Posted by in categories: innovation, materials

Inspired by the coats of fur on some animals, researchers at MIT have developed a flexible skin-like material covered in thousands of tiny magnetic hairs that can move in varying directions in the presence of a magnetic field. That might not seem particularly useful, until MIT points out that the new material can be used to control how liquids move across its surface, even causing water to flow against the pull of gravity.

It’s a neat trick, for sure, but there are other more useful applications of this new material. The tiny magnetic micro-pillars that make up the hair can be manufactured from a fiber optic-like material allowing them to change the direction of light passing through, facilitating self-darkening windows, or revolutionary new optics for cameras. The material can also be used to create advanced artificial skins, smart waterproofing, and even a precise way to manipulate individual cells. And let’s not forget a potential radical breakthrough in self-combing toupees and wigs. [MIT].

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Sep 21, 2015

Unexpected stem cell factories found inside teeth

Posted by in category: biotech/medical

Discovery could lead to new source of stem cells for research and treatment.

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Sep 21, 2015

Pentagon’s Project ‘Avatar’: Same as the Movie, but With Robots Instead of Aliens

Posted by in categories: military, robotics/AI

Soldiers practically inhabiting the mechanical bodies of androids, who will take the humans’ place on the battlefield. Or sophisticated tech that spots a powerful laser ray, then stops it from obliterating its target.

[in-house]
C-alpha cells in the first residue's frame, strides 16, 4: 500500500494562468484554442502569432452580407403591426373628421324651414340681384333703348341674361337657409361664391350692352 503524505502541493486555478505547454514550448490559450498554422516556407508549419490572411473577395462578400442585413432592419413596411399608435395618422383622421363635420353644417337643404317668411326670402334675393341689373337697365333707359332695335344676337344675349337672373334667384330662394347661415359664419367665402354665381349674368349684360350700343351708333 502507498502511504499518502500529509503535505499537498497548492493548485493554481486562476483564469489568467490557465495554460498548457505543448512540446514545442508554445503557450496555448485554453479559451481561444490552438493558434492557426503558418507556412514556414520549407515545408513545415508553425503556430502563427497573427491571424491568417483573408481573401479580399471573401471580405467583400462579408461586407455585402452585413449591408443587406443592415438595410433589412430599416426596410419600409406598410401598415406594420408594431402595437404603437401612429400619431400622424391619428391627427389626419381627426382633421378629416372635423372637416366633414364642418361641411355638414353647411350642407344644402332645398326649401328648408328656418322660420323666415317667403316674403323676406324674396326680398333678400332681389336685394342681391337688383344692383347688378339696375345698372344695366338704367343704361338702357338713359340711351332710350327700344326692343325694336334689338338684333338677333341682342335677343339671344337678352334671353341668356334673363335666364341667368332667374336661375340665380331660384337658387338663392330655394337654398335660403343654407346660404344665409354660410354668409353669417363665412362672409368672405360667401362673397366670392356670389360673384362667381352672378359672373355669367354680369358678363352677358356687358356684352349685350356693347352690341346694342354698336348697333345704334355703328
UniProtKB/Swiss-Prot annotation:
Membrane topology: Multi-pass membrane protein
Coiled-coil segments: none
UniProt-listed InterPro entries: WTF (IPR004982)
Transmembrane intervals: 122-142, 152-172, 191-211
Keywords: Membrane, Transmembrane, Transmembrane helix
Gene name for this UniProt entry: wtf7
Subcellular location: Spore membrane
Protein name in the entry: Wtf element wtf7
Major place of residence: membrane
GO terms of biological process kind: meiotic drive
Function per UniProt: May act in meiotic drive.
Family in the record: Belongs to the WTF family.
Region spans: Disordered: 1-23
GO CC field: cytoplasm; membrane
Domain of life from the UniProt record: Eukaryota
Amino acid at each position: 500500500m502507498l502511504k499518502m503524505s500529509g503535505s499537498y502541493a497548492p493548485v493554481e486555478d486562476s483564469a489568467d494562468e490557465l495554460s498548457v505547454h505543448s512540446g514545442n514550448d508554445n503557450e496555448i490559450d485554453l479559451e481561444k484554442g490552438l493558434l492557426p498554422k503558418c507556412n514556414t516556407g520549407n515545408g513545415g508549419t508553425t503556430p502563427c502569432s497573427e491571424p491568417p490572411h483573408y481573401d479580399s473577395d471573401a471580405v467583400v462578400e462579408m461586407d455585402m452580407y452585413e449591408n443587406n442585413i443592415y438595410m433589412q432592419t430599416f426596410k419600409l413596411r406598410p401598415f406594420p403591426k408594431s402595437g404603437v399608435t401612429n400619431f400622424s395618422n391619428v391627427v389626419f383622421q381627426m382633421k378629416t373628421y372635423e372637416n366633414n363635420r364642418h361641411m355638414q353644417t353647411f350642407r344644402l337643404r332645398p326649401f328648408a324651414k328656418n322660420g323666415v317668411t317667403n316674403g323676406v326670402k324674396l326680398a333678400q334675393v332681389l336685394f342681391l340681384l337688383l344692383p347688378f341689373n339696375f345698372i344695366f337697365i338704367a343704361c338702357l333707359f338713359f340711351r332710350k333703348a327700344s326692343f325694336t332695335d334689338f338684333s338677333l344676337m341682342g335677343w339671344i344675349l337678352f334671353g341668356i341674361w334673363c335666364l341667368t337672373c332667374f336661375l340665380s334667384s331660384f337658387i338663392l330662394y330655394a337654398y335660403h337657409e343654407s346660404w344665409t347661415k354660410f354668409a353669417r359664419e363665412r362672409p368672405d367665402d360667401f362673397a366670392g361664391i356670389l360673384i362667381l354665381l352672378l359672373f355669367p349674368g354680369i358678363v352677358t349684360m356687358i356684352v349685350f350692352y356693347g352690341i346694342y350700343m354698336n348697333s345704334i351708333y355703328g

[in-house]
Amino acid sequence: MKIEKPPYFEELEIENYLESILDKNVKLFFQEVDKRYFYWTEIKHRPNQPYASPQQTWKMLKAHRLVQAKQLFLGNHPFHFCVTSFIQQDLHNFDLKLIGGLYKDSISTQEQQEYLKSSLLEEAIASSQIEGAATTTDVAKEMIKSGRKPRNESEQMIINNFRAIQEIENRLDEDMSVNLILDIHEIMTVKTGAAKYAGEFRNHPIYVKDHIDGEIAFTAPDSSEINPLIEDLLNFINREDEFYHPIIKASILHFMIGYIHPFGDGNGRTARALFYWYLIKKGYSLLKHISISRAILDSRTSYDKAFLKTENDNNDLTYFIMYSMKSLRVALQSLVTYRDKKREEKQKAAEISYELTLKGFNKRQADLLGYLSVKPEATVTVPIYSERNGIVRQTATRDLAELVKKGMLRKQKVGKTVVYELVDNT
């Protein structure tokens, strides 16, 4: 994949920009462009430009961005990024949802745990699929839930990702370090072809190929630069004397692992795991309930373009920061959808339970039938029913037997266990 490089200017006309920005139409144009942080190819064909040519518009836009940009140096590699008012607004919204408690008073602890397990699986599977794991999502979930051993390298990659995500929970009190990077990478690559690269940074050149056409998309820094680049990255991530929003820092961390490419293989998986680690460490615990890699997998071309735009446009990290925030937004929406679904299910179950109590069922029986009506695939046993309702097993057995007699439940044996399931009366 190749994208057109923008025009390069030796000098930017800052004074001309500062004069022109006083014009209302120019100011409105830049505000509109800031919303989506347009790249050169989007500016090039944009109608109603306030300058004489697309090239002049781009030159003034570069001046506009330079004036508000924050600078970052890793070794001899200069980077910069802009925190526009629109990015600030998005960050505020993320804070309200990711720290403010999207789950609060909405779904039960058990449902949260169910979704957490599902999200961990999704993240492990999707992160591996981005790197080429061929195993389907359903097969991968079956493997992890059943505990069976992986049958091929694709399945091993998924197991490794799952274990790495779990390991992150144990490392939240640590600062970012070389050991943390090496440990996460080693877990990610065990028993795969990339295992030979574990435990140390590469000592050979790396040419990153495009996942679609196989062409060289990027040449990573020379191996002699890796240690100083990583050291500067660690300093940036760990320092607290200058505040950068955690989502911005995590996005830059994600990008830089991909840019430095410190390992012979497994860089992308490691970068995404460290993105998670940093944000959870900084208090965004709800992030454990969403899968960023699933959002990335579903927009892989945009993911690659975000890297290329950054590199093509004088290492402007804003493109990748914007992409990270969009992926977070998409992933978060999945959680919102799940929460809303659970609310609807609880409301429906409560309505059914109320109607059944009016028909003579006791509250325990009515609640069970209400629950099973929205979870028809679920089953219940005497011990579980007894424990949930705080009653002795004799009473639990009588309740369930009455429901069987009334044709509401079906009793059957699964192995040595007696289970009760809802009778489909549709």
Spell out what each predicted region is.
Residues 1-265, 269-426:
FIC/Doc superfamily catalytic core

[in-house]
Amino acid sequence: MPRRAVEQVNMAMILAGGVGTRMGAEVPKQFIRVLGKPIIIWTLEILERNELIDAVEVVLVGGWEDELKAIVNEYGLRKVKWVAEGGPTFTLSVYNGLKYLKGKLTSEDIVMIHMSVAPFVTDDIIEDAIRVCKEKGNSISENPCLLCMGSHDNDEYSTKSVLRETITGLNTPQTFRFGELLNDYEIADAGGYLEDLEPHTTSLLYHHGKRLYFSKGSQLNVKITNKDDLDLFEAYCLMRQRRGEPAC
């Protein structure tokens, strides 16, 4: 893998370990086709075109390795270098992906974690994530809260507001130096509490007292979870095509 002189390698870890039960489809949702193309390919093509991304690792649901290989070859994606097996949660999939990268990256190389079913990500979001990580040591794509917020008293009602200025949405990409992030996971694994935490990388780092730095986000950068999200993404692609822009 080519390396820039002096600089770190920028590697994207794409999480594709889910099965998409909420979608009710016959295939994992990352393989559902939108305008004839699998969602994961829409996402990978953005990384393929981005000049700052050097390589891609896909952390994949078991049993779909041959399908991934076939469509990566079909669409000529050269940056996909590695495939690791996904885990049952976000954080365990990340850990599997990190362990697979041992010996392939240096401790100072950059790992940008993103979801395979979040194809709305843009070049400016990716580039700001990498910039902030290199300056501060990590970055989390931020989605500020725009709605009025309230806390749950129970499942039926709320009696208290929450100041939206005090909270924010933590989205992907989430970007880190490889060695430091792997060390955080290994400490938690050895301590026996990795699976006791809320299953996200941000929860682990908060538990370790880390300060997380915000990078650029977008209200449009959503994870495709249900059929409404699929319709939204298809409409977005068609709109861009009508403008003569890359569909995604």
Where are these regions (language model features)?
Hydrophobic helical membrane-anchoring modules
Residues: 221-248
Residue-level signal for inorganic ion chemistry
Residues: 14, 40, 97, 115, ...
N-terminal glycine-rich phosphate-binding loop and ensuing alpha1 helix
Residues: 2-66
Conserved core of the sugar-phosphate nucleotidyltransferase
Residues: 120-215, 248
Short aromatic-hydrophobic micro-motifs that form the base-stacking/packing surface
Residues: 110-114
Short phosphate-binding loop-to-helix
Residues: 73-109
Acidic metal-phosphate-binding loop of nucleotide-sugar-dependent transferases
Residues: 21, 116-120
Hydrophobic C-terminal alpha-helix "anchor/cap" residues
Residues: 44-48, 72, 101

If you’ve got Danger Room’s taste in movies, you’ve probably seen both ideas on the big screen. Now Darpa, the Pentagon’s far-out research arm, wants to bring ’em into the real world.

In the agency’s $2.8 billion budget for 2013, unveiled on Monday, they’ve allotted $7 million for a project titled “Avatar.” The project’s ultimate goal, not surprisingly, sounds a lot like the plot of the same-named (but much more expensive) flick.

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Sep 21, 2015

Beautiful Images of Astronauts Releasing Nanosatellites Into Space

Posted by in category: space

This is Oleg Artemyev. In his hand is a tiny satellite, known as a nanosatellite, called Chasqui 1—and he’s about to throw it into the wilds of space.

Well, throw might not be quite the right word—Artemyev would favor “deploy”—but it’s not far off. Alexander Skvortsov and Oleg Artemyev conducted a 5-hour spacewalk on Monday, and part of that involved letting the satellite drift slowly into orbit, as well removing and installing some new scientific equipment.

You can see pictures of Artemyev releasing the satellite below—and choose your own word for the process. [Oleg Artemyev via NASA via Gizmodo ES].

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Sep 21, 2015

Laser ‘Lightning rods’ channel electricity through thin air

Posted by in category: energy

By zapping the air with a pair of powerful laser bursts, researchers at the University of Arizona have created highly focused pathways that can channel electricity through the atmosphere.

The new technique can potentially direct an electrical discharge up to 10 meters (33 feet) away or more, shattering previous distance records for transmitting through . It also raises the intriguing possibility of one day channeling lightning with laser power.

Described in a paper published in The Optical Society’s new open-access journal Optica, the current system may have near-term, lifesaving applications in areas such as the remote detonation of land mines, the researchers speculate. The laser system could easily pinpoint an active land mine and then carry an electric pulse strong enough to safely discharge harmful explosives from afar.